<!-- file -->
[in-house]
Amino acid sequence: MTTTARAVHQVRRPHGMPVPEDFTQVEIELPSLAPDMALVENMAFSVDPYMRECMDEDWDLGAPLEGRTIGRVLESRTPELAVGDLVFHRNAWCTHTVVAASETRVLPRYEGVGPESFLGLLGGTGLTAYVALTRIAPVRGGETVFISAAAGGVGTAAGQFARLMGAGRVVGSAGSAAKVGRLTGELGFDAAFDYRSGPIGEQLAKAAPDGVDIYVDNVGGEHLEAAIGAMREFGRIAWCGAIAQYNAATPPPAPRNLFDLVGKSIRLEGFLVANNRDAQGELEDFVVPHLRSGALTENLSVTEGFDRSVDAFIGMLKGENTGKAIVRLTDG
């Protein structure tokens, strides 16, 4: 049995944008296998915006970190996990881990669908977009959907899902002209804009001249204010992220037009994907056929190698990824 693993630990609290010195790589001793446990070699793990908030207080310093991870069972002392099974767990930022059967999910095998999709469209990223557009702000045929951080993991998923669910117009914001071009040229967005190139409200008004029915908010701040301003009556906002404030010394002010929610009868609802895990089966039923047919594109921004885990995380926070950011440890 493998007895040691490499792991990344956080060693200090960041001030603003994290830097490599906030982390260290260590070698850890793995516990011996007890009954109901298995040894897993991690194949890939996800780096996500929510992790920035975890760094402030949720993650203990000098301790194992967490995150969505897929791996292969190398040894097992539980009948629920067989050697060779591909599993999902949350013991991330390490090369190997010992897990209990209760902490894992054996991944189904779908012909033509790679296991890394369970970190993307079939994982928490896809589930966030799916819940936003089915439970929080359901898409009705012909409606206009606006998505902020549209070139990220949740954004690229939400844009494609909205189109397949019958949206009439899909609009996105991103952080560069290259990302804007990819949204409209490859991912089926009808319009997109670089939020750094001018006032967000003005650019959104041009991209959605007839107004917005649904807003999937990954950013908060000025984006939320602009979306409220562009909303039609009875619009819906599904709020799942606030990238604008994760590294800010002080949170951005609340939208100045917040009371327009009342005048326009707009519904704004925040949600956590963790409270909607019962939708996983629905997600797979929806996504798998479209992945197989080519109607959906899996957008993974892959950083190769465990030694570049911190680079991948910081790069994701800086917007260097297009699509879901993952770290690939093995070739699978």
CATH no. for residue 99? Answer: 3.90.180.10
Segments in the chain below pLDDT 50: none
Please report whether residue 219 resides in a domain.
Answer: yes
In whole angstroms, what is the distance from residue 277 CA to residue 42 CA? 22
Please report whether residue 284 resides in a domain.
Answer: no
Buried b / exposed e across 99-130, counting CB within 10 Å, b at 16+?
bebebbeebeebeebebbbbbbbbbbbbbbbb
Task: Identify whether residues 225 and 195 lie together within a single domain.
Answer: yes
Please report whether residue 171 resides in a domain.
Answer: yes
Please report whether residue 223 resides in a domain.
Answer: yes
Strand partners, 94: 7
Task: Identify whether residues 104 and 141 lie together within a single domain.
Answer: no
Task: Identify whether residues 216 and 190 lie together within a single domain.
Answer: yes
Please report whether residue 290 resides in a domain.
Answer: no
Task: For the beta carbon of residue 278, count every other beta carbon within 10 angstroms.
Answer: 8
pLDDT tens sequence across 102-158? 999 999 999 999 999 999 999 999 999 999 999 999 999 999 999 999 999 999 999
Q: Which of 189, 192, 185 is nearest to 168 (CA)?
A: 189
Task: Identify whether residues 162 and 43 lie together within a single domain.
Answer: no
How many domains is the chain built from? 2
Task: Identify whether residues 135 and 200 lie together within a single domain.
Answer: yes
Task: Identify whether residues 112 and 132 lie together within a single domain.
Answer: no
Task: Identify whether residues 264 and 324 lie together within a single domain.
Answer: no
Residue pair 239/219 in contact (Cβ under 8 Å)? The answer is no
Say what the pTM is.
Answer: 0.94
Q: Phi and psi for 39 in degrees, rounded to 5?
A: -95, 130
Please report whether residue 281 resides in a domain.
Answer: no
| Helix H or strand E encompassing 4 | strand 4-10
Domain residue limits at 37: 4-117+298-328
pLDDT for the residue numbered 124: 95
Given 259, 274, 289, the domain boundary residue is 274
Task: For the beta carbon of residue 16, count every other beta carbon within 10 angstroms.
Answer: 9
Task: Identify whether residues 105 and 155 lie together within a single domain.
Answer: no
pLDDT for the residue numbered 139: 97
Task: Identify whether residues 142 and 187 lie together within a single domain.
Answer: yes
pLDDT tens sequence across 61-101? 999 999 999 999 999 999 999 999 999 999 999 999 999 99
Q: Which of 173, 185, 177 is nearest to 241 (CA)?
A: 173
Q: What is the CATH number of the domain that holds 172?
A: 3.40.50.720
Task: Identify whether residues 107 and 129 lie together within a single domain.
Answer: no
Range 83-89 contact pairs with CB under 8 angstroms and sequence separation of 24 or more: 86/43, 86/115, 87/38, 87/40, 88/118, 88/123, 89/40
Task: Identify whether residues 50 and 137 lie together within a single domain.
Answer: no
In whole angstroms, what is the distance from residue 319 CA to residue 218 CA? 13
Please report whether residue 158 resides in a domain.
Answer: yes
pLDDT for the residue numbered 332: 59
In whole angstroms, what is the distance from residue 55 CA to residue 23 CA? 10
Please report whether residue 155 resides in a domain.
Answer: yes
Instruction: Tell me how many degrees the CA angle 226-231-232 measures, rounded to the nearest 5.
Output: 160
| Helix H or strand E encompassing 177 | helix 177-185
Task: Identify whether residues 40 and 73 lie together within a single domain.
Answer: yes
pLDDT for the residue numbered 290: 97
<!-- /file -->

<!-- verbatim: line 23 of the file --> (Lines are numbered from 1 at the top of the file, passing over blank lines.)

Answer: yes